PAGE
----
“It was due to her endless struggle that Pakistan defeated leprosy,” the German Consulate in Karachi posted on Facebook.
Lobo, a Catholic associated with MALC for 27 years, described the nun as “a visionary who single-handedly structured the National Leprosy Control Program across the country.”
Sister Ruth also established Pakistan’s national training institute for leprosy technicians, and those seeking government employment had to complete a two-year diploma course via the center to join the various government leprosy agencies that worked in tandem with MALC.
“A messenger of peace, she worked as if there is no tomorrow,” recalled Lobo.
“Being a very spiritual person, she believed in actual service as worship to God. Though she suffered a lot of misery, this did not deter her. The name of our center building was named after her firm belief in the Holy Mother Mary,” he added.
“Sister Ruth Pfau was such a dedicated and selfless person that she infused a spirit of love and kindness in everyone who happened to meet her,” Peter Jacob, executive director of the Lahore-based Center for Social Justice, told the Register.
“My meeting with her was quite a spiritual experience, strengthening my belief in larger-than-life concepts and living up to egalitarian approaches. She proved that love and kindness can transcend all boundaries and survive in difficult circumstances,” said Jacob, who served as executive secretary and director of the NCJP for 26 years.
The MALC network has more than 270 staff, drawn from Pakistan’s many ethnic communities, and a medical team of a dozen doctors — most of them non-Christians. Among the doctors who long served under Sister Ruth’s leadership is Dr. Mutahir Zia, a Muslim who is the current medical director of MALC.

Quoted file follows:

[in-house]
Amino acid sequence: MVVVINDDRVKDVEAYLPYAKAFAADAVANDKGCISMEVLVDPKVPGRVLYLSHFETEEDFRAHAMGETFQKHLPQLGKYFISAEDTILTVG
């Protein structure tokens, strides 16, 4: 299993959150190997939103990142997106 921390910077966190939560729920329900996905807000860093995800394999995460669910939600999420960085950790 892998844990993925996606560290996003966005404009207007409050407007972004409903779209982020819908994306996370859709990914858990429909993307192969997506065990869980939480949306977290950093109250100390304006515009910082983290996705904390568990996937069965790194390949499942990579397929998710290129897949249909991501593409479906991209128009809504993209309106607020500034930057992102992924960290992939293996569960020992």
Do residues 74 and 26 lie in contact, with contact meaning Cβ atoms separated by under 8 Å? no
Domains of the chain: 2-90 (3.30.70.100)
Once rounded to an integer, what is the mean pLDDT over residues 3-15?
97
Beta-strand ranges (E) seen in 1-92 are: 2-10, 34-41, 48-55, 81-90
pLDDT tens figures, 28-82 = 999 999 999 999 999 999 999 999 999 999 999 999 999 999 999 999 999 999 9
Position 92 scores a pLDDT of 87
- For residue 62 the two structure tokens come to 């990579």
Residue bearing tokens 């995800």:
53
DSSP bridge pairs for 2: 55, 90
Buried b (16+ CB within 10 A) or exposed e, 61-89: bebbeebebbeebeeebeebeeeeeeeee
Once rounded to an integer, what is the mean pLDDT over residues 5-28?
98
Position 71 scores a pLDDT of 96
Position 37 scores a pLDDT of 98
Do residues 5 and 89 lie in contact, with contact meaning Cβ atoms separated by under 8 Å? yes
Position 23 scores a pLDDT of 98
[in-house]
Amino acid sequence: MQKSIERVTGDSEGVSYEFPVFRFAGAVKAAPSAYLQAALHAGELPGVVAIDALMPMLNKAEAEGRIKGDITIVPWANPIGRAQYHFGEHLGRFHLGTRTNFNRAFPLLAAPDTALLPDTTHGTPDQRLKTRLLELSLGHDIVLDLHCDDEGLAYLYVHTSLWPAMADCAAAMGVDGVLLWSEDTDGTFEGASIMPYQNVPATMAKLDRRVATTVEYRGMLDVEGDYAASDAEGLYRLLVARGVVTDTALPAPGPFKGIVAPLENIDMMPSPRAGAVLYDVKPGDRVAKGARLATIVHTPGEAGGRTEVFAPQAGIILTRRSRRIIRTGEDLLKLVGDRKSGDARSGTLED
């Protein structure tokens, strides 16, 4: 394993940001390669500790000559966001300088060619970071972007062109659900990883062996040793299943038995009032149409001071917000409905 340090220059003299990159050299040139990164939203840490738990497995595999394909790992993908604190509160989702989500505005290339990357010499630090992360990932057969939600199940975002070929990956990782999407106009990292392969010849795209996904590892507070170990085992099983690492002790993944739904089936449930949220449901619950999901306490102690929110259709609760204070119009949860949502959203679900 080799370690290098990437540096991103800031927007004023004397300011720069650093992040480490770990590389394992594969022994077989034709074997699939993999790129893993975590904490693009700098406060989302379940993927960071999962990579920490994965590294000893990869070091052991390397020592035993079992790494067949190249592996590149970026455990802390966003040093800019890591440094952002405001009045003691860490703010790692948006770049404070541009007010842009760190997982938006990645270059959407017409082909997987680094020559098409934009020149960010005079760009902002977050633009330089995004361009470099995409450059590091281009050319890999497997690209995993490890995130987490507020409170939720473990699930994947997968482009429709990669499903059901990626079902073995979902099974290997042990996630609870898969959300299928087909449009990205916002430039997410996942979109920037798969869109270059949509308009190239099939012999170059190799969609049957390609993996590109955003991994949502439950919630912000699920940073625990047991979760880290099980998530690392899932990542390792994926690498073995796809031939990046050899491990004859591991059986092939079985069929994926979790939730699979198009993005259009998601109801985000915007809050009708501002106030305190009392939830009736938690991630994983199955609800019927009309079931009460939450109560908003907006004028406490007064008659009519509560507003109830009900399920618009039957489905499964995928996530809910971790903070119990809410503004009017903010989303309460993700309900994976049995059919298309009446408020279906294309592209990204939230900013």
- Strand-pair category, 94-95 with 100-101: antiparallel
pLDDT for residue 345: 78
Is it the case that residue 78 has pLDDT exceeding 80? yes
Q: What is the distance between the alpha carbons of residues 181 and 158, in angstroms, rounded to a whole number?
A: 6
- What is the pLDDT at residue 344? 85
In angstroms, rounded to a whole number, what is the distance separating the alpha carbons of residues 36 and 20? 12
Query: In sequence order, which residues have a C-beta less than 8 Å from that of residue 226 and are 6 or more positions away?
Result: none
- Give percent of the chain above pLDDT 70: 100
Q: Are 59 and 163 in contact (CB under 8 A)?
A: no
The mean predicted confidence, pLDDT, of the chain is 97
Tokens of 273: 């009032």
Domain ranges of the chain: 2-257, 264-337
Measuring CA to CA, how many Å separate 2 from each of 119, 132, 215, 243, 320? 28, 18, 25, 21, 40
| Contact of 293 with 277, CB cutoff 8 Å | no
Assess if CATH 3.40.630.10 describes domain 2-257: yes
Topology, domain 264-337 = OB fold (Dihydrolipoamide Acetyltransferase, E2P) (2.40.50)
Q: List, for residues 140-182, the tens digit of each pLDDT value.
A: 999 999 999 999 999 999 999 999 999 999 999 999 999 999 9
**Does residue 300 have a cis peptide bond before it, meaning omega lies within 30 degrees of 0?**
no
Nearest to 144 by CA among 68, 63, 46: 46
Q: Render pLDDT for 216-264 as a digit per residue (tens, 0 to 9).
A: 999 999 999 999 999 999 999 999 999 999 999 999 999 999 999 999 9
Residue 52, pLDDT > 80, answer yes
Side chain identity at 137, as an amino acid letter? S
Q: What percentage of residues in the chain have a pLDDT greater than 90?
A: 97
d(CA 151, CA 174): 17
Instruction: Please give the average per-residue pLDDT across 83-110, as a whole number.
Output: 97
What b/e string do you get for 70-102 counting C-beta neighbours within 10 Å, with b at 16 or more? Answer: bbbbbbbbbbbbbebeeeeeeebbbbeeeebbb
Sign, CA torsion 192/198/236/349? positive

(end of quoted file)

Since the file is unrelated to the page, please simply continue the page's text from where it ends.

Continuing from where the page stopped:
“When I passed my medical degree in 1988, I wanted to work in a charitable organization. Since most of the private hospitals were run on profit motives, I was lucky to join Dr. Pfau,” said Zia.
Describing Sister Ruth as a woman with “extraordinary compassion and courage,” Zia recalled, “Even when she had no money, she went on taking up new ventures and challenges. Wherever she went, she captured the peoples’ imagination with her simplicity. Many came forward with offers of help.”
During the earthquake of 2005, she moved to the mountains of Kashmir to build houses for the quake victims, including those affected by leprosy. Zia noted that Sister Ruth also cared for refugees from Afghanistan who were facing deportation and even ventured into jails to care for those in detention.
Among the numerous glowing tributes to the nun in the Pakistani media was an article in the leading English daily The Dawn, titled, “My First Meeting With Dr. Ruth Pfau, the Angel of Manghopir.”
Journalist Owais Tohid recounted his encounter with Sister Ruth as a journalist in training 26 years earlier, including her explanation of why she had dedicated her life to serving Pakistan’s lepers.
“Outcast, alienated, in miserable conditions without any medical facilities, and without normal human interactions,” she said of the suffering. “When I saw that, it changed my life.”
Register correspondent Anto Akkara is based in Bangalore, India.